48 pages 1 hour read

Naomi Alderman

The Power

Fiction | Novel | Adult | Published in 2017

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Summary and Study Guide

Overview

Influenced by the dystopian futuristic vision of Margaret Atwood’s landmark 1985 feminist work The Handmaid’s Tale, Naomi Alderman’s 2016 novel The Power fuses genre elements of speculative fiction with the traditional historical novel. Part allegory, part satire, the novel depicts a near-contemporary world in which women move into positions of real power through an inexplicable genetic anomaly: they develop an extra braid of muscle along their collarbones that enables them to shoot devastating jolts of electricity through their fingertips.

The Power is a frame narrative. A historian five-thousand years in the future has written a historical novel about the ten years leading up to an unspecified global catastrophe that hurled humanity back to the “Stone Age” and from which emerged the new world of empowered women. He is negotiating to find a publisher for the novel. Tapping into the international craze generated by the Hulu series based on Atwood’s work, Alderman’s novel became an international best seller and was optioned as a series on Amazon Prime. The novel won the U.K.’s prestigious Bailey’s Women’s Prize for Fiction, awarded annually to the most outstanding English-language novel about women by a woman. 

The study guide cites the 2016 Little Brown paperback edition.

Plot Summary

Historian and amateur novelist Neil Adam Armon has completed a fictional account of the world in the last ten years of the old age some five-thousand years earlier before the emergence of women as the dominant gender. The work, grounded in Armon’s research into obscure archives, focuses on four characters: Allie Montgomery-Taylor, a 14-year old American girl and a product of the abuse within the foster care system; Roxy Munke, the teenaged daughter of a British underworld drug kingpin; Margot Cleary, an ambitious Midwestern politician; and Nigerian Olatunde Edo, an investigative journalist savvy in social media. The novel’s perspective moves between these four characters chapter to chapter as each adjusts to the new reality of women able to incapacitate any threat through electrical shocks, even as scientists struggle to explain the development of the dangerous new muscle called a skein.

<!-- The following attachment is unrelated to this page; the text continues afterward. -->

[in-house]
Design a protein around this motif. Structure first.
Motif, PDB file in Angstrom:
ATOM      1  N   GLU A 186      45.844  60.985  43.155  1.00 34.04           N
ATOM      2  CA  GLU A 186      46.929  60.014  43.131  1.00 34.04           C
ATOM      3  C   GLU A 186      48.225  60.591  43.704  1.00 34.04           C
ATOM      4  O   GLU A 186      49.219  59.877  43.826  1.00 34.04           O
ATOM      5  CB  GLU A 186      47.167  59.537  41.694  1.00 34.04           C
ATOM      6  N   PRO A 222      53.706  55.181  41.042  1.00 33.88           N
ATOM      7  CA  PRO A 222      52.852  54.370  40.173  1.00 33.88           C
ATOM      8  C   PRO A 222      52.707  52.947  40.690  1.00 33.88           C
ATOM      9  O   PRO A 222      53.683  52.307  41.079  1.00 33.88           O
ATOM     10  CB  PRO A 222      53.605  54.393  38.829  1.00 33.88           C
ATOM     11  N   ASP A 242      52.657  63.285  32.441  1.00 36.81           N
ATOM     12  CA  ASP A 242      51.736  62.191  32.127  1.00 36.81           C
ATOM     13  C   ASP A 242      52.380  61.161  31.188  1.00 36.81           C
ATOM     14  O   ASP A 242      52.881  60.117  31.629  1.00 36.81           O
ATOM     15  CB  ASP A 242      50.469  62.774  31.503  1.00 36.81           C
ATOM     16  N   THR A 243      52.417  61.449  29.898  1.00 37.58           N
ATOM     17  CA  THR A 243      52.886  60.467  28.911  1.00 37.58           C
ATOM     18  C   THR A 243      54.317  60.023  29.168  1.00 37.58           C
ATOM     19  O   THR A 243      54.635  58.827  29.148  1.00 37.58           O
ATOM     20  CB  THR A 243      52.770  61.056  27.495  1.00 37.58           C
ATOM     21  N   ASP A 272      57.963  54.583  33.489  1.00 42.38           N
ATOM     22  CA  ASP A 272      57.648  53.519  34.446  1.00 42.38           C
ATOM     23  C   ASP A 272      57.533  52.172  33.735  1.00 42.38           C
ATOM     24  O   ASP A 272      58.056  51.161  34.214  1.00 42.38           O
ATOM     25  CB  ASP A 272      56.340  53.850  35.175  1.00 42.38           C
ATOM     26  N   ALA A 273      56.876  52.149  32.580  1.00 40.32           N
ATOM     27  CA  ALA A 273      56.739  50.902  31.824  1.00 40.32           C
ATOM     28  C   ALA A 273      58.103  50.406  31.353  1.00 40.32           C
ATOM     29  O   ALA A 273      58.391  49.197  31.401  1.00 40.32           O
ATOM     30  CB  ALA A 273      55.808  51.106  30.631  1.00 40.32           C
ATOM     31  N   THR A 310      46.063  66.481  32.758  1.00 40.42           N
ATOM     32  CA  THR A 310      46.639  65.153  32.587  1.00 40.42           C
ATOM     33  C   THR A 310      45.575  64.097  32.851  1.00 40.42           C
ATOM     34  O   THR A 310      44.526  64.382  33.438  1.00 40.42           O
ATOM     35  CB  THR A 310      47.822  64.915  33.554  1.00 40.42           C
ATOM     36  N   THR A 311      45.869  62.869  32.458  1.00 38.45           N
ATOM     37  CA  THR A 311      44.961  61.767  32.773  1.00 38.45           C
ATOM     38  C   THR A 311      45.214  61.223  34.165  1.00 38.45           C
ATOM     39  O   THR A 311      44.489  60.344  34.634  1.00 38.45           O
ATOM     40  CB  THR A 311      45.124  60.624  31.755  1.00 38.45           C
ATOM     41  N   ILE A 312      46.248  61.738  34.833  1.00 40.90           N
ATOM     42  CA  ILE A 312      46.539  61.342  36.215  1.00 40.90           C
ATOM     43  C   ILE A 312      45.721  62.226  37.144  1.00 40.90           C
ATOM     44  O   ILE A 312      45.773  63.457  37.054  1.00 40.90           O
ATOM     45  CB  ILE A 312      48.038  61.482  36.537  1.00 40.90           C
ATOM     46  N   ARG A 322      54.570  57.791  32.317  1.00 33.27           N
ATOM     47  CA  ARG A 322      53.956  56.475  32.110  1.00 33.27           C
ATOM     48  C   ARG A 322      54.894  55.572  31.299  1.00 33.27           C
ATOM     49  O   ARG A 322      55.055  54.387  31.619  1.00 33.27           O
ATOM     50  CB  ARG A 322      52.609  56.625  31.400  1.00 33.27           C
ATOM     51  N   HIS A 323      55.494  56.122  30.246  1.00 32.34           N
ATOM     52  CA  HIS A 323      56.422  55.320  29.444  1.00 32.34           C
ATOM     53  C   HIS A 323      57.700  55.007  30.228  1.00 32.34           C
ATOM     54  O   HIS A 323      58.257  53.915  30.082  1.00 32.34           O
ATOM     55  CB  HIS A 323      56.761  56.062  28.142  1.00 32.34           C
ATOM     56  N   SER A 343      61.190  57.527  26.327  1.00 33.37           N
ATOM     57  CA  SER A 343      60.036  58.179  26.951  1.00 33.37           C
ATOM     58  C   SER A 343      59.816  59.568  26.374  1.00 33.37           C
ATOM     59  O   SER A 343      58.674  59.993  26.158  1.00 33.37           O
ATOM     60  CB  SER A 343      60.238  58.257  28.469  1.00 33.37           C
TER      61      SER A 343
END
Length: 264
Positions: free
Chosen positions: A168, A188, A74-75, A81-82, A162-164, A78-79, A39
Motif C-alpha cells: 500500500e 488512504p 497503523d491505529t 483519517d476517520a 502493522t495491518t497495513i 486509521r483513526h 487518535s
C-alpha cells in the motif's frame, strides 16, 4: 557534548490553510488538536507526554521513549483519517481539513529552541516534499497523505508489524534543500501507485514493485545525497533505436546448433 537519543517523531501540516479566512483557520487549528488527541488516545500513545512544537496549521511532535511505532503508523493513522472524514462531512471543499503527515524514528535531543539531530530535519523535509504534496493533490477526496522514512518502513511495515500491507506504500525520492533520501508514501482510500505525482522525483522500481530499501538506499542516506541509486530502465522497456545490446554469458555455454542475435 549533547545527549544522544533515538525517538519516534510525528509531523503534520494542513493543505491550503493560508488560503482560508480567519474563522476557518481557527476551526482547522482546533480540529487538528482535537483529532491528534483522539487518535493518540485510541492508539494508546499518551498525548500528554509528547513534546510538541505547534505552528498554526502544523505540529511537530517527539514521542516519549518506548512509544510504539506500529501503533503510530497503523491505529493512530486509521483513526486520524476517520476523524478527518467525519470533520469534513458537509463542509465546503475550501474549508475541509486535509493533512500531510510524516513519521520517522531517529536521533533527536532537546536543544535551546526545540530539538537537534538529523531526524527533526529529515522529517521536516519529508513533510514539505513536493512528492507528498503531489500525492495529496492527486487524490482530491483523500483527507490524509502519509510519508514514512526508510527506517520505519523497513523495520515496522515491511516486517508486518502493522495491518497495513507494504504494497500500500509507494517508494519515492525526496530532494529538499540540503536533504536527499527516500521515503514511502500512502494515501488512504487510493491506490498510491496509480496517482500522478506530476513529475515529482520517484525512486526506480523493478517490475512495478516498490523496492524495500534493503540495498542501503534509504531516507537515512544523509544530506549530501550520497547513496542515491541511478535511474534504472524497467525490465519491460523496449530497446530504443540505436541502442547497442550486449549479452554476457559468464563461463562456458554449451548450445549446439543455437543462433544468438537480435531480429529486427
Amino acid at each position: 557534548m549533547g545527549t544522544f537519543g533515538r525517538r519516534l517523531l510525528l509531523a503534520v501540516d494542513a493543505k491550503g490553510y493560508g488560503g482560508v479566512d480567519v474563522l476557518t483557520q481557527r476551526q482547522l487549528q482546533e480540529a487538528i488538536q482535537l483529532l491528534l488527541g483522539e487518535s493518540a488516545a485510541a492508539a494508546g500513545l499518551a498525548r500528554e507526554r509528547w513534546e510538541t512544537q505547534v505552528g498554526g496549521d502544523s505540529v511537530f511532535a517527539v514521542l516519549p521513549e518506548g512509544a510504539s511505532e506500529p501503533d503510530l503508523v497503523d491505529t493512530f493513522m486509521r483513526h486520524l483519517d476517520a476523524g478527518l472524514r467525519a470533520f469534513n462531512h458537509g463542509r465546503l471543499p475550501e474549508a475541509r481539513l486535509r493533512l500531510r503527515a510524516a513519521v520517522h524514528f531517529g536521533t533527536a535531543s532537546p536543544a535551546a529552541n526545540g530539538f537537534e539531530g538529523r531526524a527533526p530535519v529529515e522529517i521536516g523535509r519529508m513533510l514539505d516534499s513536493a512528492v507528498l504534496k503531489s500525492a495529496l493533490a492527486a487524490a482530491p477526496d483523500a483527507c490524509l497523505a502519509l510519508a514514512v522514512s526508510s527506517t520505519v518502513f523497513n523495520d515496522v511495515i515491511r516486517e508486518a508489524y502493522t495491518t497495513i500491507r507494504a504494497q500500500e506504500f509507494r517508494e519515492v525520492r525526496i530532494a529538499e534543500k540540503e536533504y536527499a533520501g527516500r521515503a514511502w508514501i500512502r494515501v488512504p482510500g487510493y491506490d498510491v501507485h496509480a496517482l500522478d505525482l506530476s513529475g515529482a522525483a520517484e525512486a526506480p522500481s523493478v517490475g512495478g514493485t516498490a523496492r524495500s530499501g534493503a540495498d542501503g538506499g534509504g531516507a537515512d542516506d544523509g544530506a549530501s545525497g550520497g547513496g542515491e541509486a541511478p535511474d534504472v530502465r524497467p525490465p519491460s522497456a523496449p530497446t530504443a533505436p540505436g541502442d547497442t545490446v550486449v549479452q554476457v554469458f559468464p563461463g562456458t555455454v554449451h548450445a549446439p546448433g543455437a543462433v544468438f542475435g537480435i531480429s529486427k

Growing up in the South amid the abuses of foster care, Allie finally rebels. Using her newfound power, she kills her foster father while he is raping her. She listens to a voice in her head that directs her to escape to freedom. She ends up in the care of nuns in a remote convent in South Carolina. As the nuns discover her powers, Allie herself emerges as a charismatic and mysterious leader of a new revisionist theology that positions women in the center of Christianity. She calls herself Eve—later Mother Eve—and across several months improves her own power to direct the electrical surges while training the convent nuns to do the same. Using the reach of the Internet, Mother Eve comes to minister to a growing international community of women drawn to her startling re-envisioning of the Christian Gospels that recast God as a mother and the quietly powerful Mary as the central figure in the salvation narrative.

After watching rivals of her powerful syndicate father kill her mother in her own home, Roxy Monke uses her powers to kill the thugs responsible for the murder. Her father helps her flee to America for her own safety. Drawn by the Mother Eve’s Internet videos, Roxy heads to the convent in South Carolina. She is taken by Eve’s message of female empowerment. When Roxy returns to London, she backs a shadowy enterprise that seeks to manufacture and sell a street drug, Glitter, that is able to enhance the skein’s electrical jolt. The drug is an international sensation.